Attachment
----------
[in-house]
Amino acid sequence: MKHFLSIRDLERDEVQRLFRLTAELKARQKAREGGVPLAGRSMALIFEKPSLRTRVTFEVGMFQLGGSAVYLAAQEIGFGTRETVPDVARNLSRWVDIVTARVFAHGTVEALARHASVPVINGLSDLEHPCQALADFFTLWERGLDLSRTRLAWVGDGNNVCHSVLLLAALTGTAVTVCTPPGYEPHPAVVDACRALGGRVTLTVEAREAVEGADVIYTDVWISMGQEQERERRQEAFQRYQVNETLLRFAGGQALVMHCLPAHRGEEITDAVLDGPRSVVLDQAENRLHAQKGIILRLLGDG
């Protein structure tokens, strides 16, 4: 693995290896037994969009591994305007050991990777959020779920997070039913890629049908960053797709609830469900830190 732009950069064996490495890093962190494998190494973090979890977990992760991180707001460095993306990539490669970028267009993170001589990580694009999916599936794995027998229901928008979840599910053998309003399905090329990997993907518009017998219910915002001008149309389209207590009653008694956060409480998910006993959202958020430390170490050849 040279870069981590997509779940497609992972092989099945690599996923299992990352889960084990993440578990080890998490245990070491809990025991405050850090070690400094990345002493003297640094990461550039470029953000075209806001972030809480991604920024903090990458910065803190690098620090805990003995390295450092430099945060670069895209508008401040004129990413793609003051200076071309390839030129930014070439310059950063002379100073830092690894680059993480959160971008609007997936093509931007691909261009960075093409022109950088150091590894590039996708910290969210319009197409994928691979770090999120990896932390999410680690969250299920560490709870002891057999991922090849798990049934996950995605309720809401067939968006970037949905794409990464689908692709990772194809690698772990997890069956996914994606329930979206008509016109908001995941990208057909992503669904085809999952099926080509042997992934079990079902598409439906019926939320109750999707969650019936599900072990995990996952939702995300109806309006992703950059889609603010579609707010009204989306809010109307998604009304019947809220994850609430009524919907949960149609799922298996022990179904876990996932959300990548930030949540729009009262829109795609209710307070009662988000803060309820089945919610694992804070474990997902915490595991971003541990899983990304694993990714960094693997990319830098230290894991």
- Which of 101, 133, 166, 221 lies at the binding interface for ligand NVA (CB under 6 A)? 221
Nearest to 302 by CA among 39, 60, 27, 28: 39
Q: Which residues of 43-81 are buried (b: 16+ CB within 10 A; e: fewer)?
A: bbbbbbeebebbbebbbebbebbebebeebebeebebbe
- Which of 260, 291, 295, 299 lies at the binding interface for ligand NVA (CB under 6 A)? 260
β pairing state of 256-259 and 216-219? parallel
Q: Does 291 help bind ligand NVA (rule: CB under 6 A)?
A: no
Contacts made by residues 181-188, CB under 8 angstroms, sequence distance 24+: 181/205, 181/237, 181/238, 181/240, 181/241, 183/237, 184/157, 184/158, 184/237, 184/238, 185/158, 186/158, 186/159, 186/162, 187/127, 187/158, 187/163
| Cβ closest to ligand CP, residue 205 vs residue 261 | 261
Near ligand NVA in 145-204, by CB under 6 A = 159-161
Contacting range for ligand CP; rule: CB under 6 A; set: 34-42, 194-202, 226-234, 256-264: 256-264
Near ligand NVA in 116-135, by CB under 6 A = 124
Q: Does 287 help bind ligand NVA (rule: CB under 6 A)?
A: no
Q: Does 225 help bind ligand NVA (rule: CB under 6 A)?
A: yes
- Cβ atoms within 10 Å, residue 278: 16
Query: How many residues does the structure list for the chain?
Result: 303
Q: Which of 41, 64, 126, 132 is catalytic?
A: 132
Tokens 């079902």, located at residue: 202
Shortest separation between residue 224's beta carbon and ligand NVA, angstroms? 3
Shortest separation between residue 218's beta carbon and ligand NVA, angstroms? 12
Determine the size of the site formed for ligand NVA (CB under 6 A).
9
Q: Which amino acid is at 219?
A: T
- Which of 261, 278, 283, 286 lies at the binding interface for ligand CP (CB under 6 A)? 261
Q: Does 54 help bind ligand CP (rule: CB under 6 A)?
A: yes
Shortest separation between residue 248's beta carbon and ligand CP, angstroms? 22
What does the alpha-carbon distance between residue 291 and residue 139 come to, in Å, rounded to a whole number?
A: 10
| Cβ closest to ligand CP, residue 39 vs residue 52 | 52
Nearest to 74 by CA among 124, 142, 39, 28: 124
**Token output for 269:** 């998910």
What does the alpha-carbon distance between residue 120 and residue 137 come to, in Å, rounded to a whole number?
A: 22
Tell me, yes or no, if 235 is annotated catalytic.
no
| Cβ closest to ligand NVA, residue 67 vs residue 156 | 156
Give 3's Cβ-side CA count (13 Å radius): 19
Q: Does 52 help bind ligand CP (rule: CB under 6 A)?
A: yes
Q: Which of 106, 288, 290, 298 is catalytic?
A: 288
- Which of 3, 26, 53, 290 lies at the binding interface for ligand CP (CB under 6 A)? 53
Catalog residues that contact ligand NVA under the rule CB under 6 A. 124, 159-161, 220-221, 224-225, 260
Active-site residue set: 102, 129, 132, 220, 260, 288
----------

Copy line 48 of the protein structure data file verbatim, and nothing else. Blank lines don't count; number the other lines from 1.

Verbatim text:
Q: Does 52 help bind ligand CP (rule: CB under 6 A)?